Tuesday, November 08, 2005

World's Largest Model Railroad Housed In Home Of LPIU Family - 2

Here's the rest of the article -

From all over the world, train collector hobbyists come to see the railroad put together over 40 years by longtime photoengraver member E. Carl Pieper of Stamford's Local 90P.

How would you like to combine two careers - that of a photoengrav­ing router at a graphic arts plant and of president of a railroad? Elwood C. Picper, a member of Stamford Local 90P, has done just that. The railroad - the C & E Line ­is located in the basement of his Norwalk, Conn. home, which was constructed especially to house the cars, engines, tracks, stations and all other equipment of the railroad, which is now valued at $50,000. "The whole thing hegan when I got my first toy train 40 years ago on Christmas of 1928 - and I still have it," Pieper explained. "It hegan growing and just never stopped. "Last August my wife (Emily) and I had an offer of $50,000 from a West Coast millionaire for our layout. We turned it down. "Our rolling stock is worth $25,000 and the more than one half mile of track we have is valued at in excess of $1,000. We have more than 1,000 pieces, including 250 locomotives and 500 cars, Making it the largest standard gauge model railroad in the world." Pieper proudly declared. The railroad, which occupies 2,100 square feet - 28 by 56 feet by 28 hy 18 feet arranged in an 'L' shape - is big enough to contain four full size howling alleys.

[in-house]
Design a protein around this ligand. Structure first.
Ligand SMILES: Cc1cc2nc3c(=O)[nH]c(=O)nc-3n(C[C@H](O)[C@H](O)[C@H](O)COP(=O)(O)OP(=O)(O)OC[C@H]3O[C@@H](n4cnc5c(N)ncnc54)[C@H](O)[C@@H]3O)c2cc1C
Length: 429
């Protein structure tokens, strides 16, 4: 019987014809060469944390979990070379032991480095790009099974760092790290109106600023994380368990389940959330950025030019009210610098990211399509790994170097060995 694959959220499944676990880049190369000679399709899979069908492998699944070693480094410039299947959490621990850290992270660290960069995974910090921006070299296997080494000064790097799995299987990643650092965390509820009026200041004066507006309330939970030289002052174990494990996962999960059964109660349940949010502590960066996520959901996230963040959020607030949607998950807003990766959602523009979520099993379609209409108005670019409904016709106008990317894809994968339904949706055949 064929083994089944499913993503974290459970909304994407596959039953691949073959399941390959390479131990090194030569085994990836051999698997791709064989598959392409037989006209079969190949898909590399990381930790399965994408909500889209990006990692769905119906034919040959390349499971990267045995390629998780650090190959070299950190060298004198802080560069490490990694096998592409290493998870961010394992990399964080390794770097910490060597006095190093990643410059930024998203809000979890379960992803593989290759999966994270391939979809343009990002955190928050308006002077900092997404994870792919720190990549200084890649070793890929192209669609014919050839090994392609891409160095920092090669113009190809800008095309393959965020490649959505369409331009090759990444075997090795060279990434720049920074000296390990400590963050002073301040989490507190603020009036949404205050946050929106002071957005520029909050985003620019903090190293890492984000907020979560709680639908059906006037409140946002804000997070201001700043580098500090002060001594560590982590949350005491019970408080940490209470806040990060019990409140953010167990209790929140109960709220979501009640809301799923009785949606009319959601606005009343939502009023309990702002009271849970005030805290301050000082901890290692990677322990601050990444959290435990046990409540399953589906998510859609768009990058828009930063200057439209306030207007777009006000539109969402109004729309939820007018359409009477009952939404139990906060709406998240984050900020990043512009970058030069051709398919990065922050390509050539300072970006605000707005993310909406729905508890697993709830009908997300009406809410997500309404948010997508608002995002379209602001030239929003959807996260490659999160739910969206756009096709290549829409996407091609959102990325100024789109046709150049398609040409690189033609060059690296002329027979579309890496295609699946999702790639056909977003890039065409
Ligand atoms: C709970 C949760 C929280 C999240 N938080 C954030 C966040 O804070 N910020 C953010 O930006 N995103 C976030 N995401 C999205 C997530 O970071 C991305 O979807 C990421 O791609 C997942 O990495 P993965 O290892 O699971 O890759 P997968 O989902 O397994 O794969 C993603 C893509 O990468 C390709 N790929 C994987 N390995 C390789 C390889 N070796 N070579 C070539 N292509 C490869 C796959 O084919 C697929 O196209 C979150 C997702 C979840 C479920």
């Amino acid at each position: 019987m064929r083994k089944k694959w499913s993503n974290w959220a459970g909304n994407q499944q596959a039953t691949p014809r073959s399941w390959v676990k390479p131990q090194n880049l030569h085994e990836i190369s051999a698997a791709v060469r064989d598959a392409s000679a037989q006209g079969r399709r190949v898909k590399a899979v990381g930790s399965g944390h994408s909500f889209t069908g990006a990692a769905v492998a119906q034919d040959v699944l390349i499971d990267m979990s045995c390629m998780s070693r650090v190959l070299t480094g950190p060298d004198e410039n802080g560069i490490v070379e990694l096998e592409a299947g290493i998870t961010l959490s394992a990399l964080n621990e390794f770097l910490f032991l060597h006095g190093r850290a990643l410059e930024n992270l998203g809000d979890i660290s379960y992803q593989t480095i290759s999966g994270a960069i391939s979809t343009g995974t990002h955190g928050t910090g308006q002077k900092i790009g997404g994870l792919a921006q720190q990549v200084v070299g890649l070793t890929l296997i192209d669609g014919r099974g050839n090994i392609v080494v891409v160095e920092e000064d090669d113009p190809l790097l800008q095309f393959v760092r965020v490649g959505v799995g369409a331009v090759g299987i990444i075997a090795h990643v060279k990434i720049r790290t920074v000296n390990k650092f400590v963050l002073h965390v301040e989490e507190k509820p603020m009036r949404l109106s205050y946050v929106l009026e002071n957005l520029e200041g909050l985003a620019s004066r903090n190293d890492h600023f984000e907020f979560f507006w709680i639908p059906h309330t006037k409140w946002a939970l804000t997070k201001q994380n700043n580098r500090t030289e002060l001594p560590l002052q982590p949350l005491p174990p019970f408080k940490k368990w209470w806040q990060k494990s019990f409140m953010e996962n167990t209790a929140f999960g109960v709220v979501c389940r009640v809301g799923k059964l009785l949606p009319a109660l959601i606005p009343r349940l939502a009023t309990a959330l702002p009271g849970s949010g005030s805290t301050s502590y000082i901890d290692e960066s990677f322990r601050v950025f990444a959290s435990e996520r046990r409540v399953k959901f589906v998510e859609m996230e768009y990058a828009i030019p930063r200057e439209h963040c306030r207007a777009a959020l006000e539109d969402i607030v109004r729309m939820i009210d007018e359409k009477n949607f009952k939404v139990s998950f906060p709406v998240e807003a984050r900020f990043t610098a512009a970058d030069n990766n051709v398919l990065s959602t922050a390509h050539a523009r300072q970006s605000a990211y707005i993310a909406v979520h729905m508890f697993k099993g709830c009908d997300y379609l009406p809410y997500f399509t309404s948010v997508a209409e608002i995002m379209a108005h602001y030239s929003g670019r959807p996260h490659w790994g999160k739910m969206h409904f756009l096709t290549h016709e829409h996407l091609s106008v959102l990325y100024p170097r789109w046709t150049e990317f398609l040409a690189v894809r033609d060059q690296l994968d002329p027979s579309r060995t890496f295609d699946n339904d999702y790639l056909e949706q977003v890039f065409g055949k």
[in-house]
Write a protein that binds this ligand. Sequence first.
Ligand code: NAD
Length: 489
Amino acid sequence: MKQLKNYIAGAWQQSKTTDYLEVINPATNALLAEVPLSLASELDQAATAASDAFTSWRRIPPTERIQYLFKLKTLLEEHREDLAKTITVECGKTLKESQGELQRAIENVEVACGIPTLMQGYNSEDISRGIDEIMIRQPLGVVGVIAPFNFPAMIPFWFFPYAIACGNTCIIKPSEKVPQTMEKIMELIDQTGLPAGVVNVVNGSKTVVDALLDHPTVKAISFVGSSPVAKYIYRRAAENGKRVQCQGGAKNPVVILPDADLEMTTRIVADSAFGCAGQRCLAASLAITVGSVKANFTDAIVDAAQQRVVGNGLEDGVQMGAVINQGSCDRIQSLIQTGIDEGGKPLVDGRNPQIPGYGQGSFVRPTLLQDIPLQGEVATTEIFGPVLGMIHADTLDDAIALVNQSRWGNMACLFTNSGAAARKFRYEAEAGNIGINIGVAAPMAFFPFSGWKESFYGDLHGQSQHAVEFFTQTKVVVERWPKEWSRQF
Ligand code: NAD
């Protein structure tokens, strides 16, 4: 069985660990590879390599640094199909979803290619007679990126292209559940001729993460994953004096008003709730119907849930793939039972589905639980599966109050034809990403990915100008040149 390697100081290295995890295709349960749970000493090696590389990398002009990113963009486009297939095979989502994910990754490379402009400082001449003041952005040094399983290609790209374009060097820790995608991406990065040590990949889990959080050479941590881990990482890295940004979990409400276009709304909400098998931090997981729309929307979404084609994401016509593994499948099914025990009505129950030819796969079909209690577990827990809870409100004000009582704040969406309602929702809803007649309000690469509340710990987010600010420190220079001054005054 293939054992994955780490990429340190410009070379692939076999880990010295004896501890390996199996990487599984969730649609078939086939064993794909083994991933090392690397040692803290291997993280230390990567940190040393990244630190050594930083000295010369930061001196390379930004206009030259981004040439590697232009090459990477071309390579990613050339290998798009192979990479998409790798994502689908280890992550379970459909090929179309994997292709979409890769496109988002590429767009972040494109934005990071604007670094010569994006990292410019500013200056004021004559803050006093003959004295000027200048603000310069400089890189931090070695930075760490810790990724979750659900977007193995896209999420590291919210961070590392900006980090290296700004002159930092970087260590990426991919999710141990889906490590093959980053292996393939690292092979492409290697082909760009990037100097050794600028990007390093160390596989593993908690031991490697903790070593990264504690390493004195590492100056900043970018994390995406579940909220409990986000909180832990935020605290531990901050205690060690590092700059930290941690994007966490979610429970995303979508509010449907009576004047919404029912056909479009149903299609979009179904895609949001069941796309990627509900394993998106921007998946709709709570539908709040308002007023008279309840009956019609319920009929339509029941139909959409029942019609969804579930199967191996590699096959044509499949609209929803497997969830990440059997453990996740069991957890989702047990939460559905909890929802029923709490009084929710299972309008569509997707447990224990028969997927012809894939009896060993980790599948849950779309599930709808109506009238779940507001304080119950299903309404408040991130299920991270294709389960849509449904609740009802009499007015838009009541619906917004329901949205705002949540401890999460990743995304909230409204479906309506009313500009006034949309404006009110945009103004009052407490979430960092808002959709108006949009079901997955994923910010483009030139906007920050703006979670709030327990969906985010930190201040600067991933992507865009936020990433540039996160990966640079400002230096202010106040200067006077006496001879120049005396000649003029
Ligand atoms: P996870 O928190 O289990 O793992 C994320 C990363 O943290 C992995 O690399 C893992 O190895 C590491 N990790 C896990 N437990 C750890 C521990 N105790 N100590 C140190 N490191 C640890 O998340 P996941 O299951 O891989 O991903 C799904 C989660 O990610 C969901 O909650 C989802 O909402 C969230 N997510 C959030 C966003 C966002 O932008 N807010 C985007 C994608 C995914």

The line officially received its charter in 1954, thc 'C' standing for Carl, Pieper's middle name (and the name his family uses), and the 'E' for his wife, Emily. Carl, known as "Ellie" by his shopmates at Graphic Color Plate Inc. in Stam­ford, is president of the line. Emily is vice president in charge of the president and is supervisor of dining cars, which keeps her busy on Friday nights when youngsters living in Norwalk, Conn., now num­hering seven, come to work as the railroad's work "crew."

Every Friday, at 9:15 p. m., Pieper orders a "soda break" for his helper. A train bell weighing 300 pounds is struck to signal arrival of the soda and cookies - supplied hy Emily in her official capacity. After the soda break, thcy do no more actual work on the line, but operate six trains at once from the master control board. A fascinating pattern of motion, sound and light from the illuminated cars holds the viewer's atten­tion. The engines puffing and chug­ging, signal lights blinking, crossing gates opening and closing, whistles blowing and the smoke and din is something to hehold. When the basement lights are all turned out, and the only illumina­tion comes from the trains and signals themselves, the onlooker can easily become hypnotized. While Emily had encouraged Carl to bring his few trains out of moth­ balls (continued).

There's much more...
PS Sorry for the typos, the OCR isn't perfect.

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